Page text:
Radiation is energy that is sent out from a source. Radiation exposure is when a person is exposed to this energy.
There are different forms of radiation. Some come from nature and some are manmade. There are the ultraviolet (UV) rays from the sun. There is also the radiation used in
to heat food. Radiation is divided into:
Ionizing radiation—a high-frequency radiation that is able to damage cells, has also been linked to cancer and other health problemsNonionizing radiation—low in frequency and is not known to cause cancer (except for UV rays)
|Ionizing Radiation||Nonionizing Radiation|
|Gamma rays||Visible light|
|UV rays (high-energy)||Microwaves|
|Sub-atomic particles||Radio waves|
|UV rays (low-energy)|
This fact sheet will focus on ionizing radiation.
A person can be exposed to ionizing radiation from: X-rays
used to treat certain types of cancer
Radioactive elements in the soil or public works systems, such as the water supplyOccupational exposures in workplaces, such as uranium minesRadiation from nuclear disasters
External Radiation Therapy for Cancer
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You are at risk for radiation exposure if you are near sources that generate it.
Ionizing radiation has been linked to health problems, but not all people who are exposed develop problems. For example, having a
does expose you to some radiation, but the dose is low and your risk for health problems is low. Other tests, like CT scans, expose you to higher doses. Health effect risks from
, while still small, are higher than the risk from a regular
The greater the exposure, the more likely there will be health effects. For example, doctors treat some cancers with high doses of radiation. This not only kills cancer cells, but also healthy cells. Also, people exposed to large nuclear accidents can be injured by the high amounts of radiation.
Over exposure that occurs accidentally, such as from nuclear accidents, can cause radiation sickness. Symptoms may include: NauseaWeaknessHair lossDiarrheaBleedingBurnsLoss of organ functions
You will be asked about your symptoms and medical history. A physical exam will be done.
Your bodily fluids may be tested. This can be done with: Blood testsStool testsUrine tests
The amount of radiation absorbed by your body may be measured. This can be done using a radiation survey meter.
If you have been contaminated, the material will be removed to stop further cell damage. You may be bathed in lukewarm water and soap. Your radiation levels will also be monitored.
If you have radiation sickness, you will be monitored and treated closely while your body heals. Treatment depends on what parts of your body are damaged.
Radioactive iodine can be absorbed by your thyroid gland. This can injure the gland and lead to thyroid cancer. To block your body from absorbing this type of radiation, you may be treated with potassium iodine.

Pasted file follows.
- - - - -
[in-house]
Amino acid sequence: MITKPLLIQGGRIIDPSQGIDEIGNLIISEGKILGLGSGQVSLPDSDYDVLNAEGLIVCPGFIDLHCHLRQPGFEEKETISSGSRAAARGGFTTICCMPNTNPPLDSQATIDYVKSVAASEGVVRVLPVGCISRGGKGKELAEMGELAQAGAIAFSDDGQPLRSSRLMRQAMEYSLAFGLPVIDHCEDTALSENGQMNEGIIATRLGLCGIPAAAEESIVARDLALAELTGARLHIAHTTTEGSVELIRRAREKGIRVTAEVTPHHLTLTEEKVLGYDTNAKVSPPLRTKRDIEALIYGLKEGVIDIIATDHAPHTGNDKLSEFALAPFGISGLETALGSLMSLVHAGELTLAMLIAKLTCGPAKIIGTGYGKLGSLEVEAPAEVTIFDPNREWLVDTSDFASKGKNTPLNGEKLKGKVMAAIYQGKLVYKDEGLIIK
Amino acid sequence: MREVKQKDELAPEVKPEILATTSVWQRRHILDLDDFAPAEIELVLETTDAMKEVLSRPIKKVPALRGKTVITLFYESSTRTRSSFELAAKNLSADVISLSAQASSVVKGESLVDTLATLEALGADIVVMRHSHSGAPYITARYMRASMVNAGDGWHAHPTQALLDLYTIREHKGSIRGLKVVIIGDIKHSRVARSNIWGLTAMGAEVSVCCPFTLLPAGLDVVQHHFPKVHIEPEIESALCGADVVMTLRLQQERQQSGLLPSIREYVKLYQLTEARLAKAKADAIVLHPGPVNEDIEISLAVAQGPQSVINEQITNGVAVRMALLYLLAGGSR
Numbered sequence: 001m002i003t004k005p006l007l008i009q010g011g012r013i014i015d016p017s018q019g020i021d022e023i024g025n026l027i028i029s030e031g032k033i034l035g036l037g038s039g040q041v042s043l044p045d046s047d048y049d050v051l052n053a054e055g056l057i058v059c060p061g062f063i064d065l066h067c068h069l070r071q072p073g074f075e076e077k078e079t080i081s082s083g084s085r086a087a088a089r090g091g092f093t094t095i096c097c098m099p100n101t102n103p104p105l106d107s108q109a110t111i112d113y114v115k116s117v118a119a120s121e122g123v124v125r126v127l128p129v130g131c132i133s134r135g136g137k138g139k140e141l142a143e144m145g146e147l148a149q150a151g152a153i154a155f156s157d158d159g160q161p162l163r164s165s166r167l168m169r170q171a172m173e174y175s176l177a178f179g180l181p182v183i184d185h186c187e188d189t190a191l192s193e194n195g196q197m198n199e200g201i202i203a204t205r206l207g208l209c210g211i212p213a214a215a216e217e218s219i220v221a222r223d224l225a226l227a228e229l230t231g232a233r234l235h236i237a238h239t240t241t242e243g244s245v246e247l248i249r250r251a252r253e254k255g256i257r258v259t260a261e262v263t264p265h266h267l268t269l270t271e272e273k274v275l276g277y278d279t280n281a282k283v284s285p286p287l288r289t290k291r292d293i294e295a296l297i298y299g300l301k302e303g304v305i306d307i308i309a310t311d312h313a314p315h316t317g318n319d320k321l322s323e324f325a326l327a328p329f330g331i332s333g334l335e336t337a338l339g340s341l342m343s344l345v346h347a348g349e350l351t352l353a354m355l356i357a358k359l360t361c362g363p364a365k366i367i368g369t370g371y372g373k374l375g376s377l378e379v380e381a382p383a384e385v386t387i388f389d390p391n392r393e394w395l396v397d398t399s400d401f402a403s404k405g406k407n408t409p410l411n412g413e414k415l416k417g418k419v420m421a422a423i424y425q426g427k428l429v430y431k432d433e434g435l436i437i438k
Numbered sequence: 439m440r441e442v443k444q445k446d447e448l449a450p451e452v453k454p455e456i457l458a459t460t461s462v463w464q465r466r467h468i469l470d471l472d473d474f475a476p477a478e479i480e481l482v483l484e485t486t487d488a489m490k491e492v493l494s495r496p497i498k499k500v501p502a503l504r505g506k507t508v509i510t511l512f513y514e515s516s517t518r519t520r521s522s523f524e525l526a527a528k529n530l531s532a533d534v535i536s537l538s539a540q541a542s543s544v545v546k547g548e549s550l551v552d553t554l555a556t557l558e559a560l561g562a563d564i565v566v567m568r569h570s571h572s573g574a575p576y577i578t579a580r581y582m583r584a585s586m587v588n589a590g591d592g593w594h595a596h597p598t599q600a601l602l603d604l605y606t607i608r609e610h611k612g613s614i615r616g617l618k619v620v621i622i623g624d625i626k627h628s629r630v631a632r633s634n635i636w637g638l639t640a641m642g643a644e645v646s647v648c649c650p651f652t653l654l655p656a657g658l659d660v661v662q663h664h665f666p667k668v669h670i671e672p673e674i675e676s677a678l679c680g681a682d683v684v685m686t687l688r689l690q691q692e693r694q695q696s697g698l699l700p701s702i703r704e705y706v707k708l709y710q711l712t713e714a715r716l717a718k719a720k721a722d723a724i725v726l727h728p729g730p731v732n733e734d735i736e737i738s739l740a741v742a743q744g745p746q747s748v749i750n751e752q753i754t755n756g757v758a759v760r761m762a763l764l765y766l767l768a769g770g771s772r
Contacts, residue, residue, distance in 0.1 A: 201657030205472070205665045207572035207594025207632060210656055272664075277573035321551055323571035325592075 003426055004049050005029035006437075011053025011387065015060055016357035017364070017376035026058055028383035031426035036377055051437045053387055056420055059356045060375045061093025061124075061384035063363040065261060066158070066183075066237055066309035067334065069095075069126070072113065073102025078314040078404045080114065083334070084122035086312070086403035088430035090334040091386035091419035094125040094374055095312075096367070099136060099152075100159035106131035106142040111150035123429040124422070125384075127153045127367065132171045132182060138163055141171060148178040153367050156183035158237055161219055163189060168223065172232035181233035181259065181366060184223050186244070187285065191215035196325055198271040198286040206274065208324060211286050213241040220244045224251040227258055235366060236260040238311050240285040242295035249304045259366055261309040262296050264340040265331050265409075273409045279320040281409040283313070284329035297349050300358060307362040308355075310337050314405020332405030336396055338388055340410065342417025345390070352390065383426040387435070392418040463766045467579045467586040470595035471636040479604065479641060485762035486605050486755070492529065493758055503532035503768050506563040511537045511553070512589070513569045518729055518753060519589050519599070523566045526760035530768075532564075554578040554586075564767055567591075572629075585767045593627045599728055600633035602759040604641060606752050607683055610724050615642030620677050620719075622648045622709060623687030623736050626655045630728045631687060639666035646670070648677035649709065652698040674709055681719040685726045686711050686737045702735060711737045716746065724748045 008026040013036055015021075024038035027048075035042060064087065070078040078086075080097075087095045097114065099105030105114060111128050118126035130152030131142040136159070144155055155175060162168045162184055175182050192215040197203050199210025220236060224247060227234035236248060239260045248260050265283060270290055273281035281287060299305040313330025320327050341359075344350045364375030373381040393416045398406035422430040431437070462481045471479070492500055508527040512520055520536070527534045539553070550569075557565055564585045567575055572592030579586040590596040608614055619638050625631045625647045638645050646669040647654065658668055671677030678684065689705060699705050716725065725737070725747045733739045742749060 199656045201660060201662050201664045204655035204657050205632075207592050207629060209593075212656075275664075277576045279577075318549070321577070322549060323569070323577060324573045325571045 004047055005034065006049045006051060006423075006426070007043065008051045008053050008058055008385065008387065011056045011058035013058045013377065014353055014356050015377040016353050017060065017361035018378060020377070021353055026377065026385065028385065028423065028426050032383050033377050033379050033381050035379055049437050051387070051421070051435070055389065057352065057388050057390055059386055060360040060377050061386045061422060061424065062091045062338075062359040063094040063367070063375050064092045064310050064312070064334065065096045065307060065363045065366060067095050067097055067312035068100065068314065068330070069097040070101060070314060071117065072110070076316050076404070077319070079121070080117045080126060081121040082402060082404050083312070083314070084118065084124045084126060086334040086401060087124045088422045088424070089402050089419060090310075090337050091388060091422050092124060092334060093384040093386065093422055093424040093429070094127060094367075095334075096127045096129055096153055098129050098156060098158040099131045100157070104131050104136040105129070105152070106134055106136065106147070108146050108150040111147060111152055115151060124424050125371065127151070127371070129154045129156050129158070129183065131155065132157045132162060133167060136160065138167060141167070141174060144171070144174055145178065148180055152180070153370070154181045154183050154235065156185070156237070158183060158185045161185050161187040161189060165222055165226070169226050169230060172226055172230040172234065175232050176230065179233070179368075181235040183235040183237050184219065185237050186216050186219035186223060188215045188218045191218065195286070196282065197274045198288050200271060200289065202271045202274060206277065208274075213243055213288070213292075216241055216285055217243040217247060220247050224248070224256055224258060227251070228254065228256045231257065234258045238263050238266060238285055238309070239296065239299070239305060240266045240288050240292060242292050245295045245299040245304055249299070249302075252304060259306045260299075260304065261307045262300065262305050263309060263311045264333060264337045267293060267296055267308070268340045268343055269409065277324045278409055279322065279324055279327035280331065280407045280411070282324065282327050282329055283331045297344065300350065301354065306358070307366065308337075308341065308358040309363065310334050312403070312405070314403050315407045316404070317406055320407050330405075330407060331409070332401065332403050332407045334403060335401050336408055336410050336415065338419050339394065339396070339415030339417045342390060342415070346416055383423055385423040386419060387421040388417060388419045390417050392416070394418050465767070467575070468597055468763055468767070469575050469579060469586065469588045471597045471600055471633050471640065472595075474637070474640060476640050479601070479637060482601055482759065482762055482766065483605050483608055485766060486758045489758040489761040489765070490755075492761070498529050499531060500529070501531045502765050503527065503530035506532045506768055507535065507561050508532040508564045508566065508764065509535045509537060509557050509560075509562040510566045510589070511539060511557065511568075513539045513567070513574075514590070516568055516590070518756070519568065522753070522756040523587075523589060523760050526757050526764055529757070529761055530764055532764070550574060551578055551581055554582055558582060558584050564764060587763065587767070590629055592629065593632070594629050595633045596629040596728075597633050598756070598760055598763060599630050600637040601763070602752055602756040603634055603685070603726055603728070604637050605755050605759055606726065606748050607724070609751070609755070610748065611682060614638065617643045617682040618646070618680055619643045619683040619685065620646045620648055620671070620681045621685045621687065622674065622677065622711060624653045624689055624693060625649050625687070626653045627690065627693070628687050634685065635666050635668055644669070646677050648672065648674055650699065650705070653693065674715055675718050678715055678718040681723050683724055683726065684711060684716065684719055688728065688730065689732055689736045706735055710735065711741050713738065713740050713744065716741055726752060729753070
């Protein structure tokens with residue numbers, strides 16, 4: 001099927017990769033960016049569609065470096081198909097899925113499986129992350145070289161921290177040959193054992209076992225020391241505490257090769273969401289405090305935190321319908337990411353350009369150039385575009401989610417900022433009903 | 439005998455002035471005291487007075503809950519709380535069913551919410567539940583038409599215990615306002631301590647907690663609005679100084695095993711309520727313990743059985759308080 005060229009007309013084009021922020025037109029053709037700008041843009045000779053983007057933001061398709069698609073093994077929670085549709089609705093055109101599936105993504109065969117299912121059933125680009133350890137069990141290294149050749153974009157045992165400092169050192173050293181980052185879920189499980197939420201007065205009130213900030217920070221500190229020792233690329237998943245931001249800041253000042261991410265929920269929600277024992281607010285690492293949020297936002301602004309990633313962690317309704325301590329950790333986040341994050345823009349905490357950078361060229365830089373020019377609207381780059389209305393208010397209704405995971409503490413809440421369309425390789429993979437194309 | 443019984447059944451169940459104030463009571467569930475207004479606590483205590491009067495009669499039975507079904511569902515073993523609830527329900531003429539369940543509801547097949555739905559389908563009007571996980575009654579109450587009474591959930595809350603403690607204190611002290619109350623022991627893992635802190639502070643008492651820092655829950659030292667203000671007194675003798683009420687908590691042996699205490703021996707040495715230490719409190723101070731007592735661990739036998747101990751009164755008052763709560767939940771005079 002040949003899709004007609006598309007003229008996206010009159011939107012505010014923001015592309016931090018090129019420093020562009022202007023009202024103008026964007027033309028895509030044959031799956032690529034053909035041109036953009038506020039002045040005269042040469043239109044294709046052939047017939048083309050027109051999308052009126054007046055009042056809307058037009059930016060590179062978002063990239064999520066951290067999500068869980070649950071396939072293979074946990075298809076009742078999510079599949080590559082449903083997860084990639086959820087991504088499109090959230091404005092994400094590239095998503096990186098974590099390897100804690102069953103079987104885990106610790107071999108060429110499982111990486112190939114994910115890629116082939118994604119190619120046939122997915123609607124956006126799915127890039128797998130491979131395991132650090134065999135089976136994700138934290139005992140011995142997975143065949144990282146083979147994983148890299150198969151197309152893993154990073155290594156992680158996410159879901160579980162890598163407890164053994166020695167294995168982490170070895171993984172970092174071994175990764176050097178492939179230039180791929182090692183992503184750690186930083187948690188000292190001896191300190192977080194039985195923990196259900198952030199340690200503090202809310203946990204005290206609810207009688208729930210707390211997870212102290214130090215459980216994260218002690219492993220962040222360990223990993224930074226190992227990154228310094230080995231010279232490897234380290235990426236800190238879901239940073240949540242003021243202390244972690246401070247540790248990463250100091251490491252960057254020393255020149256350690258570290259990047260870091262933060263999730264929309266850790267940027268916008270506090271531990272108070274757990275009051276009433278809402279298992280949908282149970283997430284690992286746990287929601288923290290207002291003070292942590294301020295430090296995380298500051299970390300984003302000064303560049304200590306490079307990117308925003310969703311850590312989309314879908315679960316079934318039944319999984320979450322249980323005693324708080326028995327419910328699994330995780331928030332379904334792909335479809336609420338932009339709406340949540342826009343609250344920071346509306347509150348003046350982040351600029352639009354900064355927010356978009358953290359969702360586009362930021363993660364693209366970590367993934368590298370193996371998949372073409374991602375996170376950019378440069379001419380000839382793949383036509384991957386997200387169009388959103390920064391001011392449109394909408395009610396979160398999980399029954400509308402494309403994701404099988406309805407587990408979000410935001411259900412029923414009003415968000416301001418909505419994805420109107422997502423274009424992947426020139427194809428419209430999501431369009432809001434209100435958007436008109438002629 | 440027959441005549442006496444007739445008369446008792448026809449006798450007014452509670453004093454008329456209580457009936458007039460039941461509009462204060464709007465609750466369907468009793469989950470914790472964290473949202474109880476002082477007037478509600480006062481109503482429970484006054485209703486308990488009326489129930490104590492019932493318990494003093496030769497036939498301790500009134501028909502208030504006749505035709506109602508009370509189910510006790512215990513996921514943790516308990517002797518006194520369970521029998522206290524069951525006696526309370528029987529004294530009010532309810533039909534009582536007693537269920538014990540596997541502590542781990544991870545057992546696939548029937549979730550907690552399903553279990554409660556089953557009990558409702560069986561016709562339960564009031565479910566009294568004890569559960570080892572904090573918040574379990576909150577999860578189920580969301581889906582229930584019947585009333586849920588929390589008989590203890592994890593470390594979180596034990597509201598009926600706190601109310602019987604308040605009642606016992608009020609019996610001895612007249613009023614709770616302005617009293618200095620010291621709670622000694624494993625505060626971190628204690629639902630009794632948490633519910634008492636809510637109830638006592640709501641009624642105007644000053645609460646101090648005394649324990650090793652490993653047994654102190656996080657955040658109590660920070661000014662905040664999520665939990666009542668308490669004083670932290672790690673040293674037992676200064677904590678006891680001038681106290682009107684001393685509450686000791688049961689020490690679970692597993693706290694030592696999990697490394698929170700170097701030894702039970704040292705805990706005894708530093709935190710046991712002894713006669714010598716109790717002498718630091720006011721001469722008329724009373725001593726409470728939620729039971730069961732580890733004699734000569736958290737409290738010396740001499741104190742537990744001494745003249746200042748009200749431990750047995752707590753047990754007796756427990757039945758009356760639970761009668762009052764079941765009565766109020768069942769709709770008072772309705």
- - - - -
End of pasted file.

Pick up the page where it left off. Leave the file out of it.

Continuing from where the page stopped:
There are policies to prevent the public from dangerous levels of radiation. Safety measures are taken when it is used for medical treatment or is part of a work environment. Talk to your doctor about the necessity for medical or dental radiation procedures.
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Frequently asked questions on potassium iodide (KI). Food and Drug Administration website. Available at:
http://www.fda.gov/Drugs/EmergencyPreparedness/BioterrorismandDrugPreparedness/ucm072265.htm#KI%20do. Updated October 27, 2014. Accessed September 6, 2016.
Gross whole-body contamination. Department of Health and Human Services website. Available at:
https://www.remm.nlm.gov/ext_contamination.htm#wholebody. Updated August 16, 2016. Accessed September 6, 2016.
How to perform a survey for radiation contamination. Department of Health and Human Services website. Available at:
https://www.remm.nlm.gov/howtosurvey.htm. Updated January 12, 2016. Accessed September 6, 2016.
Radiation and potassium iodide (KI). Centers for Disease Control and Prevention website. Available at:
http://emergency.cdc.gov/radiation/japan/ki.asp. Updated October 17, 2014. Accessed September 6, 2016.
Radiation emergency medical management: choose appropriate algorithm—evaluate for contamination and/or exposure. Health and Human Services website. Available at:
https://www.remm.nlm.gov/newptinteract.htm#skip. Updated August 16, 2016. Accessed September 6, 2016.
Radiation exposure and cancer. American Cancer Society website. Available at:
http://www.cancer.org/cancer/cancercauses/radiationexposureandcancer/index. Accessed September 6, 2016.
Last reviewed May 2016 by Mohei Abouzied, MD
Please be aware that this information is provided to supplement the care provided by your physician. It is neither intended nor implied to be a substitute for professional medical advice. CALL YOUR HEALTHCARE PROVIDER IMMEDIATELY IF YOU THINK YOU MAY HAVE A MEDICAL EMERGENCY. Always seek the advice of your physician or other qualified health provider prior to starting any new treatment or with any questions you may have regarding a medical condition.
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